I organize my sewing projects by using plastic baskets.  Each basket contains all the parts to the project.  I started doing this because my cats loved to play with buttons, thread spools, and anything else they could maneuver over the edge of the cutting table.  This, in turn, created another problem.  The cats loved the baskets that were filled with soft fabric.  So, now I have two dedicated baskets each with a layer of fleece that are just for the cats.  They know these baskets are for them and leave the others alone.  We are all happy and spend many hours together sewing.  One of the cats will even run to the sewing room when I say, "Let's go sew".

    1. MaryinColorado | | #55

      That's one I haven't heard, a real sewing kitty!  Thanks for making me smile this morning!  Mary

    2. User avater
      ThreadKoe | | #58

      How did you get kitties to go in the baskets? I have tried putting out a kitty cushion and extra chairs with fuzzy blankets to keep mine off of my chair and table, but it is not working! As soon as I start sewing, I have 2 lapmates that insist on seeing what I am doing! I swear they think they are protecting me from the machine. Cathy

      1. marymary | | #59

        Kathy, I put fleece in one of the baskets and an old chair cushion in the other.  One cat always liked to sit on the chair with the cushion and the other always wanted to climb into the basket holding fabric.  She seemed to like fleece best, so that is what I gave her.  I bought a new cushion for the chair.  I also spent a lot of time, at first, picking them up and putting them in the baskets.  One cat thinks she is a pattern weight.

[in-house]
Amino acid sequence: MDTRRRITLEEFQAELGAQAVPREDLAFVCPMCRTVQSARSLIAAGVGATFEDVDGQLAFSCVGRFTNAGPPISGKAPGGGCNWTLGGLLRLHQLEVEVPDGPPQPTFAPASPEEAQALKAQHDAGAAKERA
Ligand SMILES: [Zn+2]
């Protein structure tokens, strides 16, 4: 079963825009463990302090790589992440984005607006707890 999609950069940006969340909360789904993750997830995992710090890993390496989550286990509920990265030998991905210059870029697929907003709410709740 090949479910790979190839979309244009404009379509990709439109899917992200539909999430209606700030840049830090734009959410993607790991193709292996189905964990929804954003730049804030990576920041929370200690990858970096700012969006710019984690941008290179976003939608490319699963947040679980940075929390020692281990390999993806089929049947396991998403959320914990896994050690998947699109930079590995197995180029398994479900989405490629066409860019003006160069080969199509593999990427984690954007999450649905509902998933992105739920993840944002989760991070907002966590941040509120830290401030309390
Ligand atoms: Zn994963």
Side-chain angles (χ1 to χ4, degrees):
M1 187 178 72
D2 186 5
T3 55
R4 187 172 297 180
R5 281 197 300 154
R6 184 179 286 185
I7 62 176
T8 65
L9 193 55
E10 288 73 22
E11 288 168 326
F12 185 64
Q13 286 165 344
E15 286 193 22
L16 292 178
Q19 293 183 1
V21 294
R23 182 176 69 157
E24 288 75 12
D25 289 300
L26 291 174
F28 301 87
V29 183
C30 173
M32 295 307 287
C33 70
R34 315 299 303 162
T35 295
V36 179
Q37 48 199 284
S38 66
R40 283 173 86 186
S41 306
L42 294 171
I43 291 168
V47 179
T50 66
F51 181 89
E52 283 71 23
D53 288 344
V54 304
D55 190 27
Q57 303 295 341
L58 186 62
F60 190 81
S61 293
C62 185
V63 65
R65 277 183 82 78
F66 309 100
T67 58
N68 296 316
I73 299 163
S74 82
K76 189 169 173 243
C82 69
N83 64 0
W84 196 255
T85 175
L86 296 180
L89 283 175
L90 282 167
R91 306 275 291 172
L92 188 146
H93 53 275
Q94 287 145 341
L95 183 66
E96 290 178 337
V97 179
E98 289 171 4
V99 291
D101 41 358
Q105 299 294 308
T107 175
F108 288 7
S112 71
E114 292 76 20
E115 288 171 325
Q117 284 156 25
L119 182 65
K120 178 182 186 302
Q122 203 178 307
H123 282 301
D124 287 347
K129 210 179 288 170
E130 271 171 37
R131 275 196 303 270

I talk to them a lot and when one or both interupt me while I am trying to sew, I stop and pay attention to him/her for a while and then put him/her back into the basket.  The baskets sit on my cutting table.  They have become so accustomed to the baskets that when I need to clear the table to use the entire surface, they get a little upset.

        I have covers for all my machines because my female cat loves to eat thread.  I caught her the other day with her head under one of the covers.  It is a pain to have to cover and uncover all the time, but not as much pain as having to take her in to the vet to get thread removed from her insides.

        1. User avater
          ThreadKoe | | #60

          I see, like a small child, it is a matter of insisting! The 3rd cat that lives here part time likes to sleep inside the serger cover and actually unfolds it to climb inside to curl up. I hope she never figures out how to take it off! Thanks for the advice! Cathy

      2. MaryinColorado | | #61

        ha ha ha  "protecting you from the machine" , that's so funny!  Thanks for the giggle this a.m. Mary

  15. moira | | #24

    I can't see this one featuring in a murder mystery, but anyway, one of my handiest accessories is a little jam jar with a glued-on lid which has a pin-head sized hole in the middle. Any time I find myself using a blunt pin, into the jar it goes, and a broken or blunt machine needle hits the same fate. I always used to be concerned about putting such items in the bin just in case one escaped in emptying, or in case anyone would try to compress the waste bag by hand. I wonder if our heroine would like one of these beside her machine!

    1. boofsmom | | #25

      This isn't a tip, but a saying I found not too long ago that your sewer, and some of the others on this site, might use and appreciate!

      Suo ergo maledico (I sew, therefore I swear)

      Good luck with your book-please let us know what it's called and when it's released so we can look for it-I love to read, maybe even more than I love to sew!  (well, maybe not)